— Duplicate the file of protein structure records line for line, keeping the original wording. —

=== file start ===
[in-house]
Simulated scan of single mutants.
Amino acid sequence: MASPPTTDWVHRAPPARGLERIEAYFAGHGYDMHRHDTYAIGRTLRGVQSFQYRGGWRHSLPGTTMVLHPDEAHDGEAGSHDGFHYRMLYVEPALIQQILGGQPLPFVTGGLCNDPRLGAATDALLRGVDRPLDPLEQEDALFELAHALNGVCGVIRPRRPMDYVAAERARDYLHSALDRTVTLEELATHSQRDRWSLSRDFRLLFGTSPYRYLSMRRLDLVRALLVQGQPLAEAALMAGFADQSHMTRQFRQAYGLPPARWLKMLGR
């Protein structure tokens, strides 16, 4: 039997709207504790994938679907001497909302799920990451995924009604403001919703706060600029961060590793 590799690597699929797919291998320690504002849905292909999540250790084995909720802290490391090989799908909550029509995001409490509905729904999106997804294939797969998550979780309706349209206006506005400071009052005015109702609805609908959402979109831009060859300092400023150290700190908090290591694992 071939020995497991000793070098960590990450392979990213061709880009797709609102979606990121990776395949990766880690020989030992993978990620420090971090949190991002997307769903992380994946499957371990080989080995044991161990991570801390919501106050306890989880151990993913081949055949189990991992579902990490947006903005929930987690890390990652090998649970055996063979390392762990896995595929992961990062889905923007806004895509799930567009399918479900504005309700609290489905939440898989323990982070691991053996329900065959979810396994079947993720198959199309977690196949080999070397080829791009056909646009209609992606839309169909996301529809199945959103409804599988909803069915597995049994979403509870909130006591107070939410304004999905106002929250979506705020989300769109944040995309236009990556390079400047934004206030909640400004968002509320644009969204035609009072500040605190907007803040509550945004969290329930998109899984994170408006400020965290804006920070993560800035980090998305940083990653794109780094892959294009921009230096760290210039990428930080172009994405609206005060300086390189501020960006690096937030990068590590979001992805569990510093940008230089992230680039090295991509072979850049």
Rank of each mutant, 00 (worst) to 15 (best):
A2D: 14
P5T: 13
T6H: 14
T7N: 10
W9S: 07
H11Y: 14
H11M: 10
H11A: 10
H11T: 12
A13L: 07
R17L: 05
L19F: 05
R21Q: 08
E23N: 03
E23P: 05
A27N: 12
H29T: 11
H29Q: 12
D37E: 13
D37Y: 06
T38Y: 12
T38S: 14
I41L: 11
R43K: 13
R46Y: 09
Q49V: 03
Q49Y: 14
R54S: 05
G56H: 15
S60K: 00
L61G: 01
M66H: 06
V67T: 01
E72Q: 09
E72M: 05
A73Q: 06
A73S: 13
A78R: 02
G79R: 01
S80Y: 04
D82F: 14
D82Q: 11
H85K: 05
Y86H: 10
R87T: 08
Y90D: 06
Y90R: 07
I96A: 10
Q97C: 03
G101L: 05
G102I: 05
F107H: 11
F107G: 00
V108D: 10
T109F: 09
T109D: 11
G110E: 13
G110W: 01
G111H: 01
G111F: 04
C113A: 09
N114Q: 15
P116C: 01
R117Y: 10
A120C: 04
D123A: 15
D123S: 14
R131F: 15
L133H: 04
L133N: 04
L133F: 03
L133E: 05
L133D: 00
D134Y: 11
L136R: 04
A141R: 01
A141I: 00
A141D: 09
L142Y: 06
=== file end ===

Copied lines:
[in-house]
Simulated scan of single mutants.
Amino acid sequence: MASPPTTDWVHRAPPARGLERIEAYFAGHGYDMHRHDTYAIGRTLRGVQSFQYRGGWRHSLPGTTMVLHPDEAHDGEAGSHDGFHYRMLYVEPALIQQILGGQPLPFVTGGLCNDPRLGAATDALLRGVDRPLDPLEQEDALFELAHALNGVCGVIRPRRPMDYVAAERARDYLHSALDRTVTLEELATHSQRDRWSLSRDFRLLFGTSPYRYLSMRRLDLVRALLVQGQPLAEAALMAGFADQSHMTRQFRQAYGLPPARWLKMLGR
């Protein structure tokens, strides 16, 4: 039997709207504790994938679907001497909302799920990451995924009604403001919703706060600029961060590793 590799690597699929797919291998320690504002849905292909999540250790084995909720802290490391090989799908909550029509995001409490509905729904999106997804294939797969998550979780309706349209206006506005400071009052005015109702609805609908959402979109831009060859300092400023150290700190908090290591694992 071939020995497991000793070098960590990450392979990213061709880009797709609102979606990121990776395949990766880690020989030992993978990620420090971090949190991002997307769903992380994946499957371990080989080995044991161990991570801390919501106050306890989880151990993913081949055949189990991992579902990490947006903005929930987690890390990652090998649970055996063979390392762990896995595929992961990062889905923007806004895509799930567009399918479900504005309700609290489905939440898989323990982070691991053996329900065959979810396994079947993720198959199309977690196949080999070397080829791009056909646009209609992606839309169909996301529809199945959103409804599988909803069915597995049994979403509870909130006591107070939410304004999905106002929250979506705020989300769109944040995309236009990556390079400047934004206030909640400004968002509320644009969204035609009072500040605190907007803040509550945004969290329930998109899984994170408006400020965290804006920070993560800035980090998305940083990653794109780094892959294009921009230096760290210039990428930080172009994405609206005060300086390189501020960006690096937030990068590590979001992805569990510093940008230089992230680039090295991509072979850049």
Rank of each mutant, 00 (worst) to 15 (best):
A2D: 14
P5T: 13
T6H: 14
T7N: 10
W9S: 07
H11Y: 14
H11M: 10
H11A: 10
H11T: 12
A13L: 07
R17L: 05
L19F: 05
R21Q: 08
E23N: 03
E23P: 05
A27N: 12
H29T: 11
H29Q: 12
D37E: 13
D37Y: 06
T38Y: 12
T38S: 14
I41L: 11
R43K: 13
R46Y: 09
Q49V: 03
Q49Y: 14
R54S: 05
G56H: 15
S60K: 00
L61G: 01
M66H: 06
V67T: 01
E72Q: 09
E72M: 05
A73Q: 06
A73S: 13
A78R: 02
G79R: 01
S80Y: 04
D82F: 14
D82Q: 11
H85K: 05
Y86H: 10
R87T: 08
Y90D: 06
Y90R: 07
I96A: 10
Q97C: 03
G101L: 05
G102I: 05
F107H: 11
F107G: 00
V108D: 10
T109F: 09
T109D: 11
G110E: 13
G110W: 01
G111H: 01
G111F: 04
C113A: 09
N114Q: 15
P116C: 01
R117Y: 10
A120C: 04
D123A: 15
D123S: 14
R131F: 15
L133H: 04
L133N: 04
L133F: 03
L133E: 05
L133D: 00
D134Y: 11
L136R: 04
A141R: 01
A141I: 00
A141D: 09
L142Y: 06